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Review: Independence of the Seas

Cruise - Ocean Cruise

Independence of the Seas

  • By SilverTraveller freddyboy

    2 reviews

  • Dec 2011
  • Wife
  • Regular holiday
  • Balcony

124 people found this review helpful

When reading cruise reviews I have found many featuring a great number of negative elements, which can be enlightening, so long as they're taken with a pinch of salt and the understanding that they were probably written by people who are inherently extremely hard to please.



My wife and I escaped the UK weather after securing an exceptional price reduction on Royal Caribbean – Independence of the Seas – leaving Southampton on the 10th December for the warmth of the Canaries.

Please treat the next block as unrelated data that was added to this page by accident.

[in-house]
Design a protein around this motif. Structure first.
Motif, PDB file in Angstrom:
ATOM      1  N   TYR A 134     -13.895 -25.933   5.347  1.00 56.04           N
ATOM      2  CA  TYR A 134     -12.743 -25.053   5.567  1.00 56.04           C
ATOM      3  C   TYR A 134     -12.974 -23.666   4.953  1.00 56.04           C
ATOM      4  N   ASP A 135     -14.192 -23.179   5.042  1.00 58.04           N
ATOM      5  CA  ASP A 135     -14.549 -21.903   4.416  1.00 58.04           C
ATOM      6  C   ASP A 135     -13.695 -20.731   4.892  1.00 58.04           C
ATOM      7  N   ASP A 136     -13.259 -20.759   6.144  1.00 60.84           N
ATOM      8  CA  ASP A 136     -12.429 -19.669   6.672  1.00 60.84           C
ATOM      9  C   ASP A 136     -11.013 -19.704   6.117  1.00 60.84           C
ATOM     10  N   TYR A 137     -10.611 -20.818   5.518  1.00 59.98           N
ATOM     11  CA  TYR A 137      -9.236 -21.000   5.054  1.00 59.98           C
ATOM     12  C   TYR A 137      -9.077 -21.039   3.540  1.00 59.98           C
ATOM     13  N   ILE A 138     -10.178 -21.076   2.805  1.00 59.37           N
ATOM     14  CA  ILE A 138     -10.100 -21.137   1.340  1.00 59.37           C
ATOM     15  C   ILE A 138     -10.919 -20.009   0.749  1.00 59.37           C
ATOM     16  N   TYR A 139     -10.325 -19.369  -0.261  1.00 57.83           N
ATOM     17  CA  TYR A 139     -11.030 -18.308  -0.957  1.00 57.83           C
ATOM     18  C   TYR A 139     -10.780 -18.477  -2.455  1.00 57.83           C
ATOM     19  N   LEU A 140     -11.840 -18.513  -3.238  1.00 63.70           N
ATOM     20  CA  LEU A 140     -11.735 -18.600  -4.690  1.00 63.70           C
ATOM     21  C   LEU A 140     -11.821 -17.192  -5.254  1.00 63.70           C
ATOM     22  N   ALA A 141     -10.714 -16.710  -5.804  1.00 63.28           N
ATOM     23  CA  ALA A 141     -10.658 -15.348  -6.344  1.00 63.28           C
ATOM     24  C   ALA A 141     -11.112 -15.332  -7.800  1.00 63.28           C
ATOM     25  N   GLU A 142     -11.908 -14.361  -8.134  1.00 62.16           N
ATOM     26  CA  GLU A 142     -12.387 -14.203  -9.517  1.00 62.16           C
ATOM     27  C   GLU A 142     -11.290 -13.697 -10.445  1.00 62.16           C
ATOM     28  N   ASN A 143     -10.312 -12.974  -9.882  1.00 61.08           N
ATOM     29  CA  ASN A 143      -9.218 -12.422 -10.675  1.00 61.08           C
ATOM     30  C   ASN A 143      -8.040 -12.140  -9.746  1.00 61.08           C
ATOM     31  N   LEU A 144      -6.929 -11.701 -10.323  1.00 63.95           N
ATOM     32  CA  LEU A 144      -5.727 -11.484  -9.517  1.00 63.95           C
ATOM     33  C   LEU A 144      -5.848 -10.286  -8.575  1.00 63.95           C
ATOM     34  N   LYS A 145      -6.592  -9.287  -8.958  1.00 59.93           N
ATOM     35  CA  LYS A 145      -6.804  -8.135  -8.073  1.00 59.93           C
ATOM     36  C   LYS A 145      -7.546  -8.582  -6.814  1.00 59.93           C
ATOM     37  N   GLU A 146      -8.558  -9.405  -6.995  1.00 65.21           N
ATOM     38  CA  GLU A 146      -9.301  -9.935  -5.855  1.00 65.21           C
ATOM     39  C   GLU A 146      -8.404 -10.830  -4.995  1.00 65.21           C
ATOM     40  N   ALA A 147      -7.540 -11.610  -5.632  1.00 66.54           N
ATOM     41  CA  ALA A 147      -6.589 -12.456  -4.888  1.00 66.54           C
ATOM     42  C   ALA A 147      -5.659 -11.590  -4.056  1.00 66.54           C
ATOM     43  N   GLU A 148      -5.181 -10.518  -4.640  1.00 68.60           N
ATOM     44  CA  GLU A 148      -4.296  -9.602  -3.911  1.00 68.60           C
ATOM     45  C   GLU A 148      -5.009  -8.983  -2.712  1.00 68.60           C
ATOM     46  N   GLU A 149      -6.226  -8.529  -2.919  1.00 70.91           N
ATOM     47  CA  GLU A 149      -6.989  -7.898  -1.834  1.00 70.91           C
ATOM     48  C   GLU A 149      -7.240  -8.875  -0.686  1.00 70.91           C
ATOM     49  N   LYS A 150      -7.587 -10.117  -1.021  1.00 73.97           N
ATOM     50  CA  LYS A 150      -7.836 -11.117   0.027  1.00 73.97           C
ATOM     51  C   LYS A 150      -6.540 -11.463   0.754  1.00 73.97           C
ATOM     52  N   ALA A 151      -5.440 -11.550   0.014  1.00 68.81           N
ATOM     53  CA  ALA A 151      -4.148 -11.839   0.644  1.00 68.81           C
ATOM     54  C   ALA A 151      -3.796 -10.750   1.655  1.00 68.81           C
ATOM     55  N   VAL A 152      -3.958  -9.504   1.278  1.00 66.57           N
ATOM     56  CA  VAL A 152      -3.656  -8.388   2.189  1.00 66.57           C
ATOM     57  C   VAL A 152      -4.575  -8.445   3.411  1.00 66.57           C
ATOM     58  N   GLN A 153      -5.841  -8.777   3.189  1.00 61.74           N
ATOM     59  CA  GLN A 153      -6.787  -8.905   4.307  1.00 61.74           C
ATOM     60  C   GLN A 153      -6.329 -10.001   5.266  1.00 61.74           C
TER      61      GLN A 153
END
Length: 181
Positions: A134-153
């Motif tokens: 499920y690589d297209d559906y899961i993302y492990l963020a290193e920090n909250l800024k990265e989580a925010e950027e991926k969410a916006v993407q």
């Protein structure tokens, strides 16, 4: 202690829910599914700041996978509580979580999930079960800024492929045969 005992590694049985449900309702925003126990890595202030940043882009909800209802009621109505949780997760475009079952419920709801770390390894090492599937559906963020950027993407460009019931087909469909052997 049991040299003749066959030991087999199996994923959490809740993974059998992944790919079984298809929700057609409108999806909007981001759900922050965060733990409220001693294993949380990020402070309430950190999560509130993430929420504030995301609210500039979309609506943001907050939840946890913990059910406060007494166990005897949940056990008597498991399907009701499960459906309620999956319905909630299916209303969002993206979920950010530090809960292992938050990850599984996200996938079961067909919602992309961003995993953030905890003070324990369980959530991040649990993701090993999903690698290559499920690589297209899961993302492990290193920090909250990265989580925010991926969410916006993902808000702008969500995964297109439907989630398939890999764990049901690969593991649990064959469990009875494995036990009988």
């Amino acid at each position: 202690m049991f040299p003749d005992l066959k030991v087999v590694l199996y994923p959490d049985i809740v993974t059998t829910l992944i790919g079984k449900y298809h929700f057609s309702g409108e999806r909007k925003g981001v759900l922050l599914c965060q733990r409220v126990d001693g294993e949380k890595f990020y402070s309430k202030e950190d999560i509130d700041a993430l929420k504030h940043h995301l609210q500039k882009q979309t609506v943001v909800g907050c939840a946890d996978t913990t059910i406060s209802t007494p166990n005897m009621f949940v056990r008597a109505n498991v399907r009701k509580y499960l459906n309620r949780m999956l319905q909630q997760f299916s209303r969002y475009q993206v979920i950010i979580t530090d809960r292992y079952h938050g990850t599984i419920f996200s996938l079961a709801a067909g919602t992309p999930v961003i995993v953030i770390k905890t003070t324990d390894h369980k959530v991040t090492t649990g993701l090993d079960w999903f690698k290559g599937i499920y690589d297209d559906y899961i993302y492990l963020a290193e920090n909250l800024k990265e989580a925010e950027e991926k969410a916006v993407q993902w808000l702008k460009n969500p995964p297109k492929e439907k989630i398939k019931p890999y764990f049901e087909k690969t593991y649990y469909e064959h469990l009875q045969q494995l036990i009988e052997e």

We like to think of ourselves as experienced cruisers but this was our first cruise with RCC and was booked before I had looked at any reviews. After reading the first couple of reviews, I realised that I may have been too hasty in making the booking before doing the usual checks. One such review stated that there were 800 children on board, some creating havoc, with not a parent in sight, but that shouldn’t detract from the many that, I am sure, had a fabulous time. With an obvious emphasis on families it may be tempting to believe that child free cruisers will be overrun by children. However, as you would expect on a ship of this size there are the peaceful areas, and as this cruise was just prior to Christmas children were not in abundance and those on the cruise were in the main well behaved For youngsters there is a range of age related activities and facilities – Babies & Tots (6 to 36 months) – Adventure Ocean (3 groups covering 3 to 11years) – Teens (2 groups covering 12 to 17years) Independence of the Seas went into service in May 2008, has a 154407 GRT, is 1112 feet long and 185 feet wide with a cruising speed of 21.6 knots. It has 1817 staterooms of which 1084 are Ocean View (842 with balconies), 733 Interior staterooms (172 Promenade View) Embarkation The embarkation was trouble free and was the most efficient we have experienced. We arrived at the terminal at around 12 noon, dropped our cases at the luggage point, then went and parked the car, after which we had a short walk back to the departure lounge. A friendly welcome at check-in, then straight through security and we were on the ship. Cabins We were advised on arrival that cabins were not available until 2.00pm, so whilst waiting we had lunch in the Windjammer restaurant. Our roomy balcony cabin was on deck 9, it was spotlessly clean and extremely well designed and had a spacious open wardrobe, flat screen TV and a small but adequate en suite bathroom. Whilst cabins have kettles, only tea bags are supplied, but having read the reviews, we were aware of this and brought our own coffee – and the teabags were so weak you felt like giving them the kiss of life, they were totally flavourless.